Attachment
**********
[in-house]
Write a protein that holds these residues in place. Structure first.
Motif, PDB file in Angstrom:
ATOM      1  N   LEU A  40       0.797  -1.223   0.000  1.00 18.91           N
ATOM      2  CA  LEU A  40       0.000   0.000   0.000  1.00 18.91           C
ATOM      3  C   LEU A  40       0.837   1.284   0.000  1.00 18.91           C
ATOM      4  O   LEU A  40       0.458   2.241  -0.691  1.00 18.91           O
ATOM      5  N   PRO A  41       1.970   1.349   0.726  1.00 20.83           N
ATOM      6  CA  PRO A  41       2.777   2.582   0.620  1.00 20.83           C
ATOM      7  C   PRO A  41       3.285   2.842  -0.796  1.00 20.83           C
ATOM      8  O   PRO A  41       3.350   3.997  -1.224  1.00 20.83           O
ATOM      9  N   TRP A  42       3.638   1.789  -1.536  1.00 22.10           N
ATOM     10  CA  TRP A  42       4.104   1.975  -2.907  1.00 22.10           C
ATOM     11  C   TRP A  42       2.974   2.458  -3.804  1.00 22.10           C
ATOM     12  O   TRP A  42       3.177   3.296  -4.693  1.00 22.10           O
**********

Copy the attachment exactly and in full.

[in-house]
Write a protein that holds these residues in place. Structure first.
Motif, PDB file in Angstrom:
ATOM      1  N   LEU A  40       0.797  -1.223   0.000  1.00 18.91           N
ATOM      2  CA  LEU A  40       0.000   0.000   0.000  1.00 18.91           C
ATOM      3  C   LEU A  40       0.837   1.284   0.000  1.00 18.91           C
ATOM      4  O   LEU A  40       0.458   2.241  -0.691  1.00 18.91           O
ATOM      5  N   PRO A  41       1.970   1.349   0.726  1.00 20.83           N
ATOM      6  CA  PRO A  41       2.777   2.582   0.620  1.00 20.83           C
ATOM      7  C   PRO A  41       3.285   2.842  -0.796  1.00 20.83           C
ATOM      8  O   PRO A  41       3.350   3.997  -1.224  1.00 20.83           O
ATOM      9  N   TRP A  42       3.638   1.789  -1.536  1.00 22.10           N
ATOM     10  CA  TRP A  42       4.104   1.975  -2.907  1.00 22.10           C
ATOM     11  C   TRP A  42       2.974   2.458  -3.804  1.00 22.10           C
ATOM     12  O   TRP A  42       3.177   3.296  -4.693  1.00 22.10           O